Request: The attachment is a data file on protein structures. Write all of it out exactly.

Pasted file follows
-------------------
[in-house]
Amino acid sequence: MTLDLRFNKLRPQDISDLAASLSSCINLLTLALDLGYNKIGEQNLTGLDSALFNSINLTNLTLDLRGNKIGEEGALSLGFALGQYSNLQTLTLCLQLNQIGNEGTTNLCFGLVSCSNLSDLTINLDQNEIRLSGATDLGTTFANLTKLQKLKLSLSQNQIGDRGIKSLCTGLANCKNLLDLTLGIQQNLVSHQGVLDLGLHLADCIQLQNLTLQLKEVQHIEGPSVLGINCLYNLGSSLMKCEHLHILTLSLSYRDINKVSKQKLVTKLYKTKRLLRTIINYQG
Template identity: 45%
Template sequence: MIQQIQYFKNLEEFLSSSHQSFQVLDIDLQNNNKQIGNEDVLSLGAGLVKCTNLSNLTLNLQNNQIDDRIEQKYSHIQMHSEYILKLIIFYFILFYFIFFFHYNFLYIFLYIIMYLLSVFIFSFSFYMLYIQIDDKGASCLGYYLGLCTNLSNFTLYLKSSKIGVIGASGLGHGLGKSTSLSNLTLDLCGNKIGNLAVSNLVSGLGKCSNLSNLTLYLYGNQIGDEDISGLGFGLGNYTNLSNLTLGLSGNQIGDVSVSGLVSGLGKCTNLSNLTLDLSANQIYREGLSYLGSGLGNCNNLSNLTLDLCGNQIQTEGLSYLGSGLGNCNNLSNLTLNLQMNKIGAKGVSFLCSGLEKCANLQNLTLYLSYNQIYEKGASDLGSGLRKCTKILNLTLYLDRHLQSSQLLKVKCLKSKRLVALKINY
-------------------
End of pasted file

[in-house]
Amino acid sequence: MTLDLRFNKLRPQDISDLAASLSSCINLLTLALDLGYNKIGEQNLTGLDSALFNSINLTNLTLDLRGNKIGEEGALSLGFALGQYSNLQTLTLCLQLNQIGNEGTTNLCFGLVSCSNLSDLTINLDQNEIRLSGATDLGTTFANLTKLQKLKLSLSQNQIGDRGIKSLCTGLANCKNLLDLTLGIQQNLVSHQGVLDLGLHLADCIQLQNLTLQLKEVQHIEGPSVLGINCLYNLGSSLMKCEHLHILTLSLSYRDINKVSKQKLVTKLYKTKRLLRTIINYQG
Template identity: 45%
Template sequence: MIQQIQYFKNLEEFLSSSHQSFQVLDIDLQNNNKQIGNEDVLSLGAGLVKCTNLSNLTLNLQNNQIDDRIEQKYSHIQMHSEYILKLIIFYFILFYFIFFFHYNFLYIFLYIIMYLLSVFIFSFSFYMLYIQIDDKGASCLGYYLGLCTNLSNFTLYLKSSKIGVIGASGLGHGLGKSTSLSNLTLDLCGNKIGNLAVSNLVSGLGKCSNLSNLTLYLYGNQIGDEDISGLGFGLGNYTNLSNLTLGLSGNQIGDVSVSGLVSGLGKCTNLSNLTLDLSANQIYREGLSYLGSGLGNCNNLSNLTLDLCGNQIQTEGLSYLGSGLGNCNNLSNLTLNLQMNKIGAKGVSFLCSGLEKCANLQNLTLYLSYNQIYEKGASDLGSGLRKCTKILNLTLYLDRHLQSSQLLKVKCLKSKRLVALKINY